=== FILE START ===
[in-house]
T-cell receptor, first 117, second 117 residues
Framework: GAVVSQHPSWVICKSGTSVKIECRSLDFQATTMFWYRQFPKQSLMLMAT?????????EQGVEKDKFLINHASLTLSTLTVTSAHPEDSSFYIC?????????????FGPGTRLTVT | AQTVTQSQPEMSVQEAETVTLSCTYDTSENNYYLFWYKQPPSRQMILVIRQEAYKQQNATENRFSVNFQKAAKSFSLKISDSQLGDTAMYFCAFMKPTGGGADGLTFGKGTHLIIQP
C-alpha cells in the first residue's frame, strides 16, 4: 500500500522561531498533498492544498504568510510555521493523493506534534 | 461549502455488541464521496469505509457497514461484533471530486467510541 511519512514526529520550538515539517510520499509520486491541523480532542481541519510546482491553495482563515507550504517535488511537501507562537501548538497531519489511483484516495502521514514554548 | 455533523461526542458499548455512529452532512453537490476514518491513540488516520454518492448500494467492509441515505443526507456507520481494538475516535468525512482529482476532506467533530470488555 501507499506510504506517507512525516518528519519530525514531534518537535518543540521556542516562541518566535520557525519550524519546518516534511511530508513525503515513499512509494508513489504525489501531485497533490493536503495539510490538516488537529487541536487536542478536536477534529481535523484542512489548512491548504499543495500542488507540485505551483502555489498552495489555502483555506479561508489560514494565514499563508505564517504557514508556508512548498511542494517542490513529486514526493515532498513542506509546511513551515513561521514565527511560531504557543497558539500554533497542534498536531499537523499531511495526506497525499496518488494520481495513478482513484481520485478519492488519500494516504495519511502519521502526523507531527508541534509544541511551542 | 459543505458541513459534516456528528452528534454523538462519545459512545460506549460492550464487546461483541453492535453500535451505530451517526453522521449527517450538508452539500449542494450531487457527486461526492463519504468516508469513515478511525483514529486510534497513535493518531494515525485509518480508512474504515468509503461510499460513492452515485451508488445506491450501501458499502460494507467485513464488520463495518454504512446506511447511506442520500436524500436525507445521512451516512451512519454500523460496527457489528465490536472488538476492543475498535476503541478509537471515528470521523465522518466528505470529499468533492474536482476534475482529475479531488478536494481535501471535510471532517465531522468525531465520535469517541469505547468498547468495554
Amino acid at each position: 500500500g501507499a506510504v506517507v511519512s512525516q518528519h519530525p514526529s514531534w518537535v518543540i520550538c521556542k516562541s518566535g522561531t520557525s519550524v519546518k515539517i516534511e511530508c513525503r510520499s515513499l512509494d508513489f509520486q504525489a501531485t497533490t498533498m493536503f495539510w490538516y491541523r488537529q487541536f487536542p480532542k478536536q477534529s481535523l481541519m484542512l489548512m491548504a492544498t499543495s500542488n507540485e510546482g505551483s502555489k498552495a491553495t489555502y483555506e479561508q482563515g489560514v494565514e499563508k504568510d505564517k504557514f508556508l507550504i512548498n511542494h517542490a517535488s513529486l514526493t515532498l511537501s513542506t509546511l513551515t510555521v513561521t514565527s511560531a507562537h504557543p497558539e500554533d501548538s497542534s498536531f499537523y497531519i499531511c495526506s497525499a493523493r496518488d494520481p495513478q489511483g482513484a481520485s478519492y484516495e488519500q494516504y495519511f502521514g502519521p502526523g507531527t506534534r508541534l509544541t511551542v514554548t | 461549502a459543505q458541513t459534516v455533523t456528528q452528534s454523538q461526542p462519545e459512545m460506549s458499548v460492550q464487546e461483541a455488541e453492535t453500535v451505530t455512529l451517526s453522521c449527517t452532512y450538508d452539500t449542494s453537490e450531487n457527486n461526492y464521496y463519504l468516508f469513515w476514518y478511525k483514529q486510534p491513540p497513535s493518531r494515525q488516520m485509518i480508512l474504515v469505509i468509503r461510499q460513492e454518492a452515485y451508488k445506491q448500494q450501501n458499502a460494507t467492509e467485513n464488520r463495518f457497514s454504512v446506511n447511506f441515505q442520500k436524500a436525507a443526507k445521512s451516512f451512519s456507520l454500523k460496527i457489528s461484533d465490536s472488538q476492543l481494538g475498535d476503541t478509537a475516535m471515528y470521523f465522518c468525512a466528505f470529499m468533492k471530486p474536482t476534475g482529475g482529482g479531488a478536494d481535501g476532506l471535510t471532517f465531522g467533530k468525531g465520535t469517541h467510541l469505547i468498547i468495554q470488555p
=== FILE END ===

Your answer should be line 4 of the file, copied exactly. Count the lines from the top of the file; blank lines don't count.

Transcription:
C-alpha cells in the first residue's frame, strides 16, 4: 500500500522561531498533498492544498504568510510555521493523493506534534 | 461549502455488541464521496469505509457497514461484533471530486467510541 511519512514526529520550538515539517510520499509520486491541523480532542481541519510546482491553495482563515507550504517535488511537501507562537501548538497531519489511483484516495502521514514554548 | 455533523461526542458499548455512529452532512453537490476514518491513540488516520454518492448500494467492509441515505443526507456507520481494538475516535468525512482529482476532506467533530470488555 501507499506510504506517507512525516518528519519530525514531534518537535518543540521556542516562541518566535520557525519550524519546518516534511511530508513525503515513499512509494508513489504525489501531485497533490493536503495539510490538516488537529487541536487536542478536536477534529481535523484542512489548512491548504499543495500542488507540485505551483502555489498552495489555502483555506479561508489560514494565514499563508505564517504557514508556508512548498511542494517542490513529486514526493515532498513542506509546511513551515513561521514565527511560531504557543497558539500554533497542534498536531499537523499531511495526506497525499496518488494520481495513478482513484481520485478519492488519500494516504495519511502519521502526523507531527508541534509544541511551542 | 459543505458541513459534516456528528452528534454523538462519545459512545460506549460492550464487546461483541453492535453500535451505530451517526453522521449527517450538508452539500449542494450531487457527486461526492463519504468516508469513515478511525483514529486510534497513535493518531494515525485509518480508512474504515468509503461510499460513492452515485451508488445506491450501501458499502460494507467485513464488520463495518454504512446506511447511506442520500436524500436525507445521512451516512451512519454500523460496527457489528465490536472488538476492543475498535476503541478509537471515528470521523465522518466528505470529499468533492474536482476534475482529475479531488478536494481535501471535510471532517465531522468525531465520535469517541469505547468498547468495554